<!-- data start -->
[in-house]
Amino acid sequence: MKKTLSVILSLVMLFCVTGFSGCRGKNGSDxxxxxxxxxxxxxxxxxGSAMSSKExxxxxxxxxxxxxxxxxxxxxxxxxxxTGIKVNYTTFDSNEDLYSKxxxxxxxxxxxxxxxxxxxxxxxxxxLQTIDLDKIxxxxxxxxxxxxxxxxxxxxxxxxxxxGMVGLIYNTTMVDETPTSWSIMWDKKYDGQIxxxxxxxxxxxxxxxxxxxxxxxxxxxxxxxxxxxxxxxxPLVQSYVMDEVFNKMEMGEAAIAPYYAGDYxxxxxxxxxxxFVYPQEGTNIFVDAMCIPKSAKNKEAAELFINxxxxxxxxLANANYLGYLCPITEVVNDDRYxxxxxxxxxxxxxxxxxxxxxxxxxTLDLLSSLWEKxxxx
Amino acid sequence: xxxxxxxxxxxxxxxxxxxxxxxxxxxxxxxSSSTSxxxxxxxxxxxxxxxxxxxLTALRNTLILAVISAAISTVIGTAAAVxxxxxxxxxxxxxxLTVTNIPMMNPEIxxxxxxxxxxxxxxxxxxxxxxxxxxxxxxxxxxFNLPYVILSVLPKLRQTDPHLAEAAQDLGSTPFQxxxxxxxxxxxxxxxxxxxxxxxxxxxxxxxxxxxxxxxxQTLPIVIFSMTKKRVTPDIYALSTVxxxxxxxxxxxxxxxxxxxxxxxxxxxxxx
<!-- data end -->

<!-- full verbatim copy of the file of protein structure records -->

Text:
[in-house]
Amino acid sequence: MKKTLSVILSLVMLFCVTGFSGCRGKNGSDxxxxxxxxxxxxxxxxxGSAMSSKExxxxxxxxxxxxxxxxxxxxxxxxxxxTGIKVNYTTFDSNEDLYSKxxxxxxxxxxxxxxxxxxxxxxxxxxLQTIDLDKIxxxxxxxxxxxxxxxxxxxxxxxxxxxGMVGLIYNTTMVDETPTSWSIMWDKKYDGQIxxxxxxxxxxxxxxxxxxxxxxxxxxxxxxxxxxxxxxxxPLVQSYVMDEVFNKMEMGEAAIAPYYAGDYxxxxxxxxxxxFVYPQEGTNIFVDAMCIPKSAKNKEAAELFINxxxxxxxxLANANYLGYLCPITEVVNDDRYxxxxxxxxxxxxxxxxxxxxxxxxxTLDLLSSLWEKxxxx
Amino acid sequence: xxxxxxxxxxxxxxxxxxxxxxxxxxxxxxxSSSTSxxxxxxxxxxxxxxxxxxxLTALRNTLILAVISAAISTVIGTAAAVxxxxxxxxxxxxxxLTVTNIPMMNPEIxxxxxxxxxxxxxxxxxxxxxxxxxxxxxxxxxxFNLPYVILSVLPKLRQTDPHLAEAAQDLGSTPFQxxxxxxxxxxxxxxxxxxxxxxxxxxxxxxxxxxxxxxxxQTLPIVIFSMTKKRVTPDIYALSTVxxxxxxxxxxxxxxxxxxxxxxxxxxxxxx